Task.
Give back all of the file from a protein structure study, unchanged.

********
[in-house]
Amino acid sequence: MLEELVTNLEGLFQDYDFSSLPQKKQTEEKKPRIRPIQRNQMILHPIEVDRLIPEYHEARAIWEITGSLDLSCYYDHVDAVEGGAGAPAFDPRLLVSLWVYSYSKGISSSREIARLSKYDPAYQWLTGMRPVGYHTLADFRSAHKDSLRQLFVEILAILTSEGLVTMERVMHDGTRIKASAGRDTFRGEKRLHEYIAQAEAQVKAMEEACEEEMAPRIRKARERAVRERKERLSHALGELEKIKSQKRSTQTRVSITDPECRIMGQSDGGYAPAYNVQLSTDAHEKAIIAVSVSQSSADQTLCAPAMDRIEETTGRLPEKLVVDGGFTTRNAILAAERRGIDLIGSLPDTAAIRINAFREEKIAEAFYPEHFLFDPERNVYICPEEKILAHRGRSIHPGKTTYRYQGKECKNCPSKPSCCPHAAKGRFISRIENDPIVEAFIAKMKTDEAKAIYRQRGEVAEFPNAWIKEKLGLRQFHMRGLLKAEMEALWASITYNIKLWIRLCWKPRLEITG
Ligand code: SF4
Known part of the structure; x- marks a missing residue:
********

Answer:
[in-house]
Amino acid sequence: MLEELVTNLEGLFQDYDFSSLPQKKQTEEKKPRIRPIQRNQMILHPIEVDRLIPEYHEARAIWEITGSLDLSCYYDHVDAVEGGAGAPAFDPRLLVSLWVYSYSKGISSSREIARLSKYDPAYQWLTGMRPVGYHTLADFRSAHKDSLRQLFVEILAILTSEGLVTMERVMHDGTRIKASAGRDTFRGEKRLHEYIAQAEAQVKAMEEACEEEMAPRIRKARERAVRERKERLSHALGELEKIKSQKRSTQTRVSITDPECRIMGQSDGGYAPAYNVQLSTDAHEKAIIAVSVSQSSADQTLCAPAMDRIEETTGRLPEKLVVDGGFTTRNAILAAERRGIDLIGSLPDTAAIRINAFREEKIAEAFYPEHFLFDPERNVYICPEEKILAHRGRSIHPGKTTYRYQGKECKNCPSKPSCCPHAAKGRFISRIENDPIVEAFIAKMKTDEAKAIYRQRGEVAEFPNAWIKEKLGLRQFHMRGLLKAEMEALWASITYNIKLWIRLCWKPRLEITG
Ligand code: SF4
Known part of the structure; x- marks a missing residue: